The other use case is Traffic Recording, the goal of which is to measure the average traffic from subscribers during, say, a 15 minute period. To do that it will have two flows, only one of which will be shown in the diagram in Figure 1. First, every 10 ms it will visit the set of call counters in the system. It will count the numbers that are stepped and divide that number with the total number of counters—the resulting number is a snapshot of the traffic during a 10 ms period. This number is recorded and so are all similar numbers during a 15 minute period. The other flow will calculate the average traffic over the period in question.

6The notation in Figure 1 was used when working with the AXE product. It made it into SDL in 1976 and with insignificant changes now also in the UML. Instead of representing an activity as a box, the UML uses a box with round ends. It may be less known, but the input and output boxes are legal UML notation.

7I have replaced the term probe with the term extension point which is of no significance for the meaning of the idea. I also removed some insignificant, context-specific text marked “...”

8The execution of the extension occurs within the atomic action triggered by the existion.

9The existion is oblivious to the extension.

10Figure 4 shows scattering and tangling, however, it doesn’t show the overlap between peer use cases. It doesn’t show that the Cash component has overlapping pieces from Cash Withdrawal and Deposit Funds, or that the three use cases overlap in the Interface component. If use cases didn’t overlap our problem would be easy to solve. But, the overlap has to be resolved.

11Another term would be increment.

12Mathematically: If Si is system release i, and Ei is extension i, then S0 = null; S1 = S0 + E1 = E1; S2 = S1 + E2 = E1 + E2; S3 = S2 + E3 = E1 + E2 + E3. Thus each Si is a summation or union of Ei. Hence, a base program/ existion is a set of extensions.

13Already back in 1978, after having conducted the case study, I summarized that more than 80% of all the software in a telecom system could be designed as simple extensions to a base system. With the more elaborate techniques now discussed in AOP, this number could grow much larger.


I am very grateful for Pan-Wei Ng’s in-depth review of this paper. I would also like to thank Karl Lieberherr and Harold Ossher, and my colleagues Mauro Assano, Kurt Bittner, Magnus Christerson, Gunnar Overgaard, Ian Spence, and Dean Whampler for their constructive feedback on an early version of the paper. Thanks to Catherine Southwood for editing the paper.


[1] Peri Tarr, Harold Ossher, William Harrison, Stanley Sutton. “N Degrees of Separation: Multi-Dimensional Separation of Concerns”. ICSE 1999 Conference Proceedings. pp 107-119, 1999.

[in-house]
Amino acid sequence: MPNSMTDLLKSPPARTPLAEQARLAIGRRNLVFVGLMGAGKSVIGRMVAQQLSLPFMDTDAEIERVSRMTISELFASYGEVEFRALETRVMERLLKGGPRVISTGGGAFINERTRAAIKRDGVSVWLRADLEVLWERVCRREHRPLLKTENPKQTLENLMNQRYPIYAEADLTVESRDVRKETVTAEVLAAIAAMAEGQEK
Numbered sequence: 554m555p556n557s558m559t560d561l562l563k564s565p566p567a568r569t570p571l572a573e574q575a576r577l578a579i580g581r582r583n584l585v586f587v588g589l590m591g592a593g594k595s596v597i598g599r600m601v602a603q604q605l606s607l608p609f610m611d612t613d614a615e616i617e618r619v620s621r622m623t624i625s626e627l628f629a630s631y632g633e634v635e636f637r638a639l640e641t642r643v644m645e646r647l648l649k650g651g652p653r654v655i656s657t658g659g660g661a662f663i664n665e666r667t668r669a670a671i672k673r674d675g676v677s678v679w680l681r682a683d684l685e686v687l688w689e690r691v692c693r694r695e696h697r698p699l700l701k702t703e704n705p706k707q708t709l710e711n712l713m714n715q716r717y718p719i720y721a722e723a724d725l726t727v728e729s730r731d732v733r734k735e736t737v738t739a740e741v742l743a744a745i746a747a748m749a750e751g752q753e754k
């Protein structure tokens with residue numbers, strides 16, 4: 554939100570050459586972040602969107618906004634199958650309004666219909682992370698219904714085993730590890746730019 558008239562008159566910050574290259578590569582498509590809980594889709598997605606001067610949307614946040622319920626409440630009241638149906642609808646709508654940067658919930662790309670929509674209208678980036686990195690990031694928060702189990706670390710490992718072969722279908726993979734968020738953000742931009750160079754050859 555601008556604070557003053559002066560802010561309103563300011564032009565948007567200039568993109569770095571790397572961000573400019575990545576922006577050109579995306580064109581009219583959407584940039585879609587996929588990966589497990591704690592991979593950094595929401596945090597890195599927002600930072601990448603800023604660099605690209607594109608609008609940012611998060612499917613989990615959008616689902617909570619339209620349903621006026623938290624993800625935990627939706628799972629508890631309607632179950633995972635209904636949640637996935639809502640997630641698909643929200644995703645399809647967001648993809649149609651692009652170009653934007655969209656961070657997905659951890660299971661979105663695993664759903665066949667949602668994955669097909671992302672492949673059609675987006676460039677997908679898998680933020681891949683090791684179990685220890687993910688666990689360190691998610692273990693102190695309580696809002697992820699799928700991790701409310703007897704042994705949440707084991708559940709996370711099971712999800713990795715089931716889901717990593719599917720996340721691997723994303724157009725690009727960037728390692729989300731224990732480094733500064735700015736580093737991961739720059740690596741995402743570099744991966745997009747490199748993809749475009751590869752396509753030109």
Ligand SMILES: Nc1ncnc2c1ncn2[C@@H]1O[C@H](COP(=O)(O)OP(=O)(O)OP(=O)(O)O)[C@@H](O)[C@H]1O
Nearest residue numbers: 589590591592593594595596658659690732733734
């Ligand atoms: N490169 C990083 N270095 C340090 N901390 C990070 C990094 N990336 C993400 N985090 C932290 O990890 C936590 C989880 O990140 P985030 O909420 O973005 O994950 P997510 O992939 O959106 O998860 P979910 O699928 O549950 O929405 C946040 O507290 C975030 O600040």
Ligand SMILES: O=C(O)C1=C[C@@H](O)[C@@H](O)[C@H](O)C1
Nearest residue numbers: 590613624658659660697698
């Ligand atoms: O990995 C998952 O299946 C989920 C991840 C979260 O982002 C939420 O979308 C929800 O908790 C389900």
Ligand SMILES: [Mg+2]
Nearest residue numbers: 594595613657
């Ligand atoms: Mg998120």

[2] Gregor Kiczales, Erik Hilsdale, Jim Hugunin, Mik Kersten, Jeffrey Palm, and William G. Griswold. “An overview of AspectJ”. Proceedings of the European Conference on Object-Oriented Programming, Budapest, Hungary, 18-22 June 2001.



[5] H. Ossher and P. Tarr. "Multi-Dimensional Separation of Concerns and The Hyperspace Approach”. Proceedings of the Symposium on Software Architectures and Component Technology: The State of the Art in Software Development. Kluwer, 2000.

[6] Ivar Jacobson, Magnus Christerson, Patrik Jonsson and Gunnar Overgaard. Object-Oriented Software Engineering, A Use Case Driven Approach. AddisonWesley, 1994.

[7] Ivar Jacobson. “Use Case Modularity”. Ericsson internal document X/Tg 2618, 1979-12-13.

[8] Ivar Jacobson (inventor) & Ericsson (applicant), Address Sequence Variator, 1981-09-21.

[9] Ivar Jacobson. “Language Support for Changeable Large Real Time Systems”. Proceedings of OOPSLA’86. pp 377-384, Sept 1986.

[10] Ivar Jacobson, Martin Griss and Patrik Jonsson. Software Reuse: Architecture, Process and Organization for Business Success. Addison Wesley, 1997. (Section 6.7.3)


[12] G. Kiczales, J. Lamping, A. Mendhekar, C. Maeda, C. Lopes, J.M. Loingtier, and J. Irwin. “Aspect-oriented programming”. In ECOOP'97—Object-Oriented Programming, 11th European Conference. LNCS 1241, pages 220-242, 1997.

[13] Karl J. Lieberherr, Ignacio Silva-Lepe, and Cun Xiao. “Adaptive object- oriented programming using graphbased customisation”. Communications of the ACM. pages 94-101, May 1994.

[14] William Harrison and Harold Ossher. “Subject-Oriented Programming (A Critique of Pure Objects)”. Proceedings of OOPSLA’93, pp 411-428, 1993.

[15] Siobh´an Clarke and Robert J. Walker. “Separating Crosscutting Concerns Across the Lifecycle: From Composition Patterns to AspectJ and Hyper/J.” Technical Report TCDCS 200115 (Trinity College Dublin) and UBCCSTR 200105 (University of British Columbia), 2001.

[16] M. Wand, G. Kiczales, and C. Dutchyn. “A semantics for advice and dynamic join points in aspect-oriented programming”. Work supported by the National Science Foundation under grant number CCR-9804115, January 2002.

[17] Ivar Jacobson. “Concepts for Modeling Large Real Time Systems”. Department of Computer Systems, The Royal Institute of Technology, Stockholm, Sept. 1985.



About the author


space Ivar Jacobson is a father of the following techniques: use cases, component-based development, the Unified Modeling Language, the Rational Unified Process, and business modelling with use cases and objects. He founded the Swedish company Objectory AB, which merged with Rational in 1995. He departed recently from Rational as an employee, but he is still an executive technical consultant of the company.

Cite this column as follows: Ivar Jacobson: “Use Cases and Aspects – Working Seamlessly Together”, in Journal of Object Technology, vol. 2, no. 4, July-August 2003, pp. 7-28.